RE: TBTF: In-context Framework Intro.

Hi Henrik,

> -----Original Message-----
> From: Henrik Frystyk Nielsen []
> Sent: 20 November 2001 15:43
> To: Williams, Stuart
> Cc:; Mountain, Highland M;
> Subject: RE: TBTF: In-context Framework Intro.
> PS: Feel free to move this to the public list - I have cc'ed
> www-archives in the mean time.
> >Thanks for taking a crack at this. I've attached a diff 
> >version (html and
> >.doc) that I've generated by doing a document compare on 
> >Noah's and Henrik's versions. I think it highlights the 
> >differences in the first couple of pages more clearly.
> Good idea...
> >I have a couple of concerns:
> >
> >1) I am concerned that we have removed all distinction between 
> >"transport/underlying protocol message exchange patterns" and 
> >end-2-end SOAP provided message exchange patterns. 
> >Transport/underlying protocol MEPs are scoped for a single 
> >hop. SOAP provided MEPs are the patterns that the SOAP layer 
> >provides to the things that use SOAP. I think the 
> >undistinguished use of plain MEP will lead to confusion. I 
> >think that there is a difference between what a binding 
> >provides to SOAP and what SOAP provides to SOAP applications 
> >which we need to be clear about.
> I am actually not sure I can see the benefit of talking about underlying
> protocol MEPs - after all we are interested in carrying SOAP messages
> around and not of modeling underlying protocols in general. 
> It seems to me that just as we expose features to SOAP, we expose MEPs to
> whether they are "native" or not doesn't really matter. Also, it doesn't
> seem consistent that we talk about one particular property of the
> underlying protocol but not others like intermediaries, say. What
> benefit does this distinction bring to the table?

Ok... two responses... firstly a degree of agreement that transport provided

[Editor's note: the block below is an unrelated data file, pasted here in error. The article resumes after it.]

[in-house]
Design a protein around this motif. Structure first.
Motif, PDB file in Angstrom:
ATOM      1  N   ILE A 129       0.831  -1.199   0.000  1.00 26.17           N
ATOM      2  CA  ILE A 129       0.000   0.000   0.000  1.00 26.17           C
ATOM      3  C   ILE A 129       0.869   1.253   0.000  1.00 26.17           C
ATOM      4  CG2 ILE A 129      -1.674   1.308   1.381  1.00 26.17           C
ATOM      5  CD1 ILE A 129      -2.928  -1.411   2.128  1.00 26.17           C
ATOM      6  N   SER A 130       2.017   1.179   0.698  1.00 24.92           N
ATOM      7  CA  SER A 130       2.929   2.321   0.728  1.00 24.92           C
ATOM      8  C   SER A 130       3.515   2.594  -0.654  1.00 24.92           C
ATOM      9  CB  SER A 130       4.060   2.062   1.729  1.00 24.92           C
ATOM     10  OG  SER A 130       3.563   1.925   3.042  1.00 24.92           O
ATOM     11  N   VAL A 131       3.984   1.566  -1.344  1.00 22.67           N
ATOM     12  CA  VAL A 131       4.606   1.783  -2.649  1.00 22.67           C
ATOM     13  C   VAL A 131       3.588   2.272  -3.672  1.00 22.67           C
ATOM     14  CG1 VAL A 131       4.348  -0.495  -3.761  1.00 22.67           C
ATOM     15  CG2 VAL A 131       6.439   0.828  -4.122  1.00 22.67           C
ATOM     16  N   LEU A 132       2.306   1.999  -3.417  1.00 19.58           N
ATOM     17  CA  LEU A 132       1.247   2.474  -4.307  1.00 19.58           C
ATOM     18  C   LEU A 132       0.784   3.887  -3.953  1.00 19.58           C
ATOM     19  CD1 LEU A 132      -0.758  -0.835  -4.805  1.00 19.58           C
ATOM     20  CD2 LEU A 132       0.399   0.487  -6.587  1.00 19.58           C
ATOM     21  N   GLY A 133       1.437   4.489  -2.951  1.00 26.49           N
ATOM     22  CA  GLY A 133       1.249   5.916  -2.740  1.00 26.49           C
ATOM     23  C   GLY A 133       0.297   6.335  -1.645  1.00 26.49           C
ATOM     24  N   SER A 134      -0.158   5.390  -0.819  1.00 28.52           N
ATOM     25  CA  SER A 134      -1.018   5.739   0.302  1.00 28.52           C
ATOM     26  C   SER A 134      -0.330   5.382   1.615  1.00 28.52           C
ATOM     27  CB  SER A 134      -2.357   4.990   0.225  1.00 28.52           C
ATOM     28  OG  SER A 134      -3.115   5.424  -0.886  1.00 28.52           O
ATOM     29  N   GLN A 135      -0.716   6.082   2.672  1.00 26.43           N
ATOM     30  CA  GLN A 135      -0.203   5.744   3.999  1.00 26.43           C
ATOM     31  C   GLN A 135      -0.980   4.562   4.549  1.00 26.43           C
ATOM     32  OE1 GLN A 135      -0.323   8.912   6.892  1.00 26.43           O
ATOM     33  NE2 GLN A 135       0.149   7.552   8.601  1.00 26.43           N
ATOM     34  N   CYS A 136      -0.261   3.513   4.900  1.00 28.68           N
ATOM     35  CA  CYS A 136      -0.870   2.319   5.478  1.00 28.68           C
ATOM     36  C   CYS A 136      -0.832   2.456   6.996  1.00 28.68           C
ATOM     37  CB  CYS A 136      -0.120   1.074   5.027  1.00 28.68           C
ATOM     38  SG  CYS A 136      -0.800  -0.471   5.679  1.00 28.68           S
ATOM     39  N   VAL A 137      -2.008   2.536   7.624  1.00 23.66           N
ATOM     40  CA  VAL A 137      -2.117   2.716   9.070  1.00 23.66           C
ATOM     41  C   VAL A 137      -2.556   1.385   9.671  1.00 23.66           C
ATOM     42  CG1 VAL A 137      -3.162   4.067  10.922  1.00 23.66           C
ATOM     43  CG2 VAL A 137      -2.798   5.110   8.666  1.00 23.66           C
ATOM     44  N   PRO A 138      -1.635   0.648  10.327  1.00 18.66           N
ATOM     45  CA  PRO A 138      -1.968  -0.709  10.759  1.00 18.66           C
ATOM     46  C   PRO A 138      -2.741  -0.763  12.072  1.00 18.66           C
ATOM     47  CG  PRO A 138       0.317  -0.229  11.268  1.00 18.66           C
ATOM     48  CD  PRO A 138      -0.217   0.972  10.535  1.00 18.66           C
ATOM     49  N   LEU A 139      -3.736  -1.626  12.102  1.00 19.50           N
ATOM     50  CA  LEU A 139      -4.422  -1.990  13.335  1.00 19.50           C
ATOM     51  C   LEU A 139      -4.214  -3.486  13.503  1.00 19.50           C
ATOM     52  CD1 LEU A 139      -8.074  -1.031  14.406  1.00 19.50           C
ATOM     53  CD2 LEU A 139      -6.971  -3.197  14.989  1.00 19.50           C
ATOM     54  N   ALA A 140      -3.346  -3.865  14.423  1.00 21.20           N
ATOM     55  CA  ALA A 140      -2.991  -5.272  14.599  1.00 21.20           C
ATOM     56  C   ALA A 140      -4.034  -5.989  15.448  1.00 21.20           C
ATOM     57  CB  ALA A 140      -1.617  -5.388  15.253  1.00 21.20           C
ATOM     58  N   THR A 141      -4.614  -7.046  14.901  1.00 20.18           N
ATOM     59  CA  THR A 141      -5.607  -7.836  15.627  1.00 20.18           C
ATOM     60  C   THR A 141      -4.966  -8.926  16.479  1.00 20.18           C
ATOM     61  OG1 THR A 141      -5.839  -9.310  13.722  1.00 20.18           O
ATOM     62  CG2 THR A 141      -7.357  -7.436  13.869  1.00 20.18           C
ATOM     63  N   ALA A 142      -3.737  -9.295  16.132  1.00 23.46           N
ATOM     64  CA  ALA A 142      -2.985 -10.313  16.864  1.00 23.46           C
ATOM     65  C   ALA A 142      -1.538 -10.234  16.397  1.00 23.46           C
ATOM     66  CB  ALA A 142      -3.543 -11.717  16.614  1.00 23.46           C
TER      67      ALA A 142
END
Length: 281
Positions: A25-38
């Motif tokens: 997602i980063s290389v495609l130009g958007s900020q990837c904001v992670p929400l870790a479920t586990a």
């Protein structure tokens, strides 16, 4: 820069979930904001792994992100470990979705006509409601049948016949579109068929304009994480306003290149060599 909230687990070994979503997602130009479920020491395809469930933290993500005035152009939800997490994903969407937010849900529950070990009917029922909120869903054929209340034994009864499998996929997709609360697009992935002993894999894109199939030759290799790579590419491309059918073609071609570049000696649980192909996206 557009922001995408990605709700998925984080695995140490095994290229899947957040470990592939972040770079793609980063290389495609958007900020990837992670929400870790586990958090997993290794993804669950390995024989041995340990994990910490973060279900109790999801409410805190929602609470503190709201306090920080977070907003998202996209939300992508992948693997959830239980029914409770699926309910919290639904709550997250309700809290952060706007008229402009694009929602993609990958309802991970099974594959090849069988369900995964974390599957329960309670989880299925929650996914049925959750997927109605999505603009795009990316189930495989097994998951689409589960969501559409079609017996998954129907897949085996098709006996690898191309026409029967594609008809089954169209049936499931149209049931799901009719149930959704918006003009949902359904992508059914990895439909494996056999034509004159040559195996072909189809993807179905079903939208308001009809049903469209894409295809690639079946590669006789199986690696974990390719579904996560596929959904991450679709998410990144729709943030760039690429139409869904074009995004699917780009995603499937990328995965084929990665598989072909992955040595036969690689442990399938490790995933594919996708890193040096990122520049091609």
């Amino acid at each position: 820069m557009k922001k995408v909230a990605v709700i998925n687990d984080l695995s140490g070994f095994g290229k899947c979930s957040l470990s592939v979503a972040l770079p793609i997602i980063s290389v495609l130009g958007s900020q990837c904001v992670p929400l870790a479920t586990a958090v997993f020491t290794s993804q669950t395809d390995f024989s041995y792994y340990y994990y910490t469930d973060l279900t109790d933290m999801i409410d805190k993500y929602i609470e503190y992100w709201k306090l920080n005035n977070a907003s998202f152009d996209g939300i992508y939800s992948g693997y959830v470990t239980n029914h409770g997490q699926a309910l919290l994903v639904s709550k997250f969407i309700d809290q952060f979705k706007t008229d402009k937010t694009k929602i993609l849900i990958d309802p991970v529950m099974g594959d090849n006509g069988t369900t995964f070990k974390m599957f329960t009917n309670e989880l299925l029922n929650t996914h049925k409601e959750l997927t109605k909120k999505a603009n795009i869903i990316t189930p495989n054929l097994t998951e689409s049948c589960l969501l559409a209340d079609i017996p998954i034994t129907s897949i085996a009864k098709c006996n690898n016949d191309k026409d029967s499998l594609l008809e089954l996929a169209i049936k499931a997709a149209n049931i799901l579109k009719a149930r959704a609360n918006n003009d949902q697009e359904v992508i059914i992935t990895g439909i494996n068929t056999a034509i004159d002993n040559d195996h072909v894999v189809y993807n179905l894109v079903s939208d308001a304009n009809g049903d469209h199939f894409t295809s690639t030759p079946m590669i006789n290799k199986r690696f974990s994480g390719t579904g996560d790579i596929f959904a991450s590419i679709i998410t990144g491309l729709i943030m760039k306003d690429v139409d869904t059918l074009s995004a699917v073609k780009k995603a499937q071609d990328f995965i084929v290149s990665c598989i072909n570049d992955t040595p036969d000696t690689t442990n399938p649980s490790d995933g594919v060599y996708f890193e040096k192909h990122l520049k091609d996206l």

MEPs are just like other features exposed by the transport protocol/binding
combination, so in that sense I'd agree that the distinction between
transport MEPs and other transport/binding provided features is unimportant.
It is also not the distinction I was trying to make.

The distinction I was trying to make was between features and MEPs exposed
to a SOAP processor by a binding and the features (Modules?) and MEPs
exposed by a SOAP processor to a SOAP application (or the thing that uses
SOAP rather than the thing that provides SOAP).

With respect to a SOAP message path, the scope of transport protocol/binding
provided features and meps is between immediately adjacent SOAP Nodes,
whereas the scope of features(modules)/meps exposed to SOAP applications by
a SOAP processor is end-2-end (modulo the behaviour of intermediaries). It
may be the case that these end-2-end features/meps are defined simply by
defining (in the relevant mep/feature spec) how a transport provided
mep/feature is relayed.

However, I'm not sure that all features/meps that we would wish to have
operate end-2-end can be defined this way. Clearly, SOAP Modules gives us
one mechanism with end-2-end scope... even SOAP provided meps...

> >2) I am concerned about the removal of all the stuff that Noah 
> >signalled he had not touched. This probably bears on what it 
> >was we thought we'd agreed as a compromise. 
> I may have missed something but after having read Noah's discussion and
> moved a few things up in the introduction, I could not find anything
> that wasn't addressed already with respect to features and MEPs.
> >I think that my take away was that we agreed that the property 
> >based style of describing features and MEPs would be a none 
> >normative convention that we do use within our own work (HTTP 
> >binding, MEP and feature descriptions) and encourage others to 
> >adopt. The diagram and the narrative that accompanies the 
> >diagram effectively provide the setup for that non-normative 
> >convention... which needs to be explained somewhere if it is 
> >not part of Part 1.
> That is fine - I was assuming that the part being edited was intended
> for part 1. It may make sense to move the description of properties to
> the HTTP binding in section 2 - I haven't touched that at all.

That's ok... I think its material that we need somewhere if we are going
with the HTTP binding and single-request-response exchange pattern that we
currently have.

> Henrik


Received on Tuesday, 20 November 2001 11:30:18 UTC